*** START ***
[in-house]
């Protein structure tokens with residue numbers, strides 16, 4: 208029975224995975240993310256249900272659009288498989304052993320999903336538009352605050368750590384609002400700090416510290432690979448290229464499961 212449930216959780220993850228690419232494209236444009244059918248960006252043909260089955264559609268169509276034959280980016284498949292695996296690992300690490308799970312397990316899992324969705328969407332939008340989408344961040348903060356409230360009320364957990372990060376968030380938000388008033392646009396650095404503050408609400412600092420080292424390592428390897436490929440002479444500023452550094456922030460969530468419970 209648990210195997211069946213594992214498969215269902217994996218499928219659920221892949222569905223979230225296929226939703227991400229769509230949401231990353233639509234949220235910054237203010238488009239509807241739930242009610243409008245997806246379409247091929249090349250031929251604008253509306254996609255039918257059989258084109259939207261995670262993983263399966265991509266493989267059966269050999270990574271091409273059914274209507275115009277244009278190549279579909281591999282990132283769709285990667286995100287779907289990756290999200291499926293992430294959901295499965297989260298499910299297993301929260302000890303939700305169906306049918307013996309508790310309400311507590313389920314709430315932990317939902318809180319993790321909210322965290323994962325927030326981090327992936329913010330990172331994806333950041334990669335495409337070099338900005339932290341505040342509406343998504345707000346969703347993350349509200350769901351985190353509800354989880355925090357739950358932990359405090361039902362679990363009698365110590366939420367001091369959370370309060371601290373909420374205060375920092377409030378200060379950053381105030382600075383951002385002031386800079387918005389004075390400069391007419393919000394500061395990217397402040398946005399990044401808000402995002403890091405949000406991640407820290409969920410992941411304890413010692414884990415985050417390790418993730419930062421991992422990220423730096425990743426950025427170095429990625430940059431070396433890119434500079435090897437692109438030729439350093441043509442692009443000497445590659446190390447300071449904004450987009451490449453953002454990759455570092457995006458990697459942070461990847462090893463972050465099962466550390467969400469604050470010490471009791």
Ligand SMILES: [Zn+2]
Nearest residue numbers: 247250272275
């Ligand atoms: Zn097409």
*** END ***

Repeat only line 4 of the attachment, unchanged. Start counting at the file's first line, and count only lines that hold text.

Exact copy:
Nearest residue numbers: 247250272275